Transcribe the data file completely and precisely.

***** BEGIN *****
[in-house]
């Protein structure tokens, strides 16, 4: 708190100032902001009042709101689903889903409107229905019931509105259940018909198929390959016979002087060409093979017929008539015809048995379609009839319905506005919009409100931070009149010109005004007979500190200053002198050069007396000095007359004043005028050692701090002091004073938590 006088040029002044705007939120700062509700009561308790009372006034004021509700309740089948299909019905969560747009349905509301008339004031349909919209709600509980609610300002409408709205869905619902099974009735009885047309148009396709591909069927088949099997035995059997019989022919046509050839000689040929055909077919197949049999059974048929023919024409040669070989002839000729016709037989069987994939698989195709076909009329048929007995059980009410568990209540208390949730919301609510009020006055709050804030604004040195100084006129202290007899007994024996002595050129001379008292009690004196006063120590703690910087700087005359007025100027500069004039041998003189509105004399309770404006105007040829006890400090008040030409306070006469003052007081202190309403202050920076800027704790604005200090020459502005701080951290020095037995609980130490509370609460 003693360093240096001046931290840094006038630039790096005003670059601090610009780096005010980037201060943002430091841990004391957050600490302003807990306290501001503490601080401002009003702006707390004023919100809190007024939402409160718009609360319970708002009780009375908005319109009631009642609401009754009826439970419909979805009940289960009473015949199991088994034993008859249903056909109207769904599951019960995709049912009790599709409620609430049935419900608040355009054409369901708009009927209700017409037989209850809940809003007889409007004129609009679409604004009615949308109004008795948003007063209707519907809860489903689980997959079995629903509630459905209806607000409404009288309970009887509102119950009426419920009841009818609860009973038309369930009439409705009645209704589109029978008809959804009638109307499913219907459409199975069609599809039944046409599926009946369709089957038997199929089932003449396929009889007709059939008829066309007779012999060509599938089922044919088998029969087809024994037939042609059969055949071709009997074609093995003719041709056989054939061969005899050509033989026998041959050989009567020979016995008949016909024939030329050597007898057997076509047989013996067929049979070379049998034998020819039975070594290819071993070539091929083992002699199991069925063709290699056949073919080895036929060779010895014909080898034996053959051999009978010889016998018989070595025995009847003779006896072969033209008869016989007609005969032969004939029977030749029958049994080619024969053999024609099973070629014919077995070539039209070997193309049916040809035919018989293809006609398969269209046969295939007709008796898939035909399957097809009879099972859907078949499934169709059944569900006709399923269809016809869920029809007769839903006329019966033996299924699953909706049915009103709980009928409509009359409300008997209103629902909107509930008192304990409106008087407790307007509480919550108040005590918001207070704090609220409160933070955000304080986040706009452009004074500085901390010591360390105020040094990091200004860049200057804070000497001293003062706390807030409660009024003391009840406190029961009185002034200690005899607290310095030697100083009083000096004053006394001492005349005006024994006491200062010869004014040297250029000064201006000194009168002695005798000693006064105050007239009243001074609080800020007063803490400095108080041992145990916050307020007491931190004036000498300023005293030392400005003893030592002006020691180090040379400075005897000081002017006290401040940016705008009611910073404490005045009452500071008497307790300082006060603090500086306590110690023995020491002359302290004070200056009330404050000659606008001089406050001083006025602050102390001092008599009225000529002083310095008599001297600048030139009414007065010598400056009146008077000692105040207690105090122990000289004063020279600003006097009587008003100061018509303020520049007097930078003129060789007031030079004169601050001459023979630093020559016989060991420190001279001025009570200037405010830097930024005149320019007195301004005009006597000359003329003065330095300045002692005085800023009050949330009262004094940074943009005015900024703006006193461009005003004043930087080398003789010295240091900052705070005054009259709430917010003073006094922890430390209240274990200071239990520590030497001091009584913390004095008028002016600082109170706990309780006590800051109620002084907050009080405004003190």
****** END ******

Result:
[in-house]
């Protein structure tokens, strides 16, 4: 708190100032902001009042709101689903889903409107229905019931509105259940018909198929390959016979002087060409093979017929008539015809048995379609009839319905506005919009409100931070009149010109005004007979500190200053002198050069007396000095007359004043005028050692701090002091004073938590 006088040029002044705007939120700062509700009561308790009372006034004021509700309740089948299909019905969560747009349905509301008339004031349909919209709600509980609610300002409408709205869905619902099974009735009885047309148009396709591909069927088949099997035995059997019989022919046509050839000689040929055909077919197949049999059974048929023919024409040669070989002839000729016709037989069987994939698989195709076909009329048929007995059980009410568990209540208390949730919301609510009020006055709050804030604004040195100084006129202290007899007994024996002595050129001379008292009690004196006063120590703690910087700087005359007025100027500069004039041998003189509105004399309770404006105007040829006890400090008040030409306070006469003052007081202190309403202050920076800027704790604005200090020459502005701080951290020095037995609980130490509370609460 003693360093240096001046931290840094006038630039790096005003670059601090610009780096005010980037201060943002430091841990004391957050600490302003807990306290501001503490601080401002009003702006707390004023919100809190007024939402409160718009609360319970708002009780009375908005319109009631009642609401009754009826439970419909979805009940289960009473015949199991088994034993008859249903056909109207769904599951019960995709049912009790599709409620609430049935419900608040355009054409369901708009009927209700017409037989209850809940809003007889409007004129609009679409604004009615949308109004008795948003007063209707519907809860489903689980997959079995629903509630459905209806607000409404009288309970009887509102119950009426419920009841009818609860009973038309369930009439409705009645209704589109029978008809959804009638109307499913219907459409199975069609599809039944046409599926009946369709089957038997199929089932003449396929009889007709059939008829066309007779012999060509599938089922044919088998029969087809024994037939042609059969055949071709009997074609093995003719041709056989054939061969005899050509033989026998041959050989009567020979016995008949016909024939030329050597007898057997076509047989013996067929049979070379049998034998020819039975070594290819071993070539091929083992002699199991069925063709290699056949073919080895036929060779010895014909080898034996053959051999009978010889016998018989070595025995009847003779006896072969033209008869016989007609005969032969004939029977030749029958049994080619024969053999024609099973070629014919077995070539039209070997193309049916040809035919018989293809006609398969269209046969295939007709008796898939035909399957097809009879099972859907078949499934169709059944569900006709399923269809016809869920029809007769839903006329019966033996299924699953909706049915009103709980009928409509009359409300008997209103629902909107509930008192304990409106008087407790307007509480919550108040005590918001207070704090609220409160933070955000304080986040706009452009004074500085901390010591360390105020040094990091200004860049200057804070000497001293003062706390807030409660009024003391009840406190029961009185002034200690005899607290310095030697100083009083000096004053006394001492005349005006024994006491200062010869004014040297250029000064201006000194009168002695005798000693006064105050007239009243001074609080800020007063803490400095108080041992145990916050307020007491931190004036000498300023005293030392400005003893030592002006020691180090040379400075005897000081002017006290401040940016705008009611910073404490005045009452500071008497307790300082006060603090500086306590110690023995020491002359302290004070200056009330404050000659606008001089406050001083006025602050102390001092008599009225000529002083310095008599001297600048030139009414007065010598400056009146008077000692105040207690105090122990000289004063020279600003006097009587008003100061018509303020520049007097930078003129060789007031030079004169601050001459023979630093020559016989060991420190001279001025009570200037405010830097930024005149320019007195301004005009006597000359003329003065330095300045002692005085800023009050949330009262004094940074943009005015900024703006006193461009005003004043930087080398003789010295240091900052705070005054009259709430917010003073006094922890430390209240274990200071239990520590030497001091009584913390004095008028002016600082109170706990309780006590800051109620002084907050009080405004003190």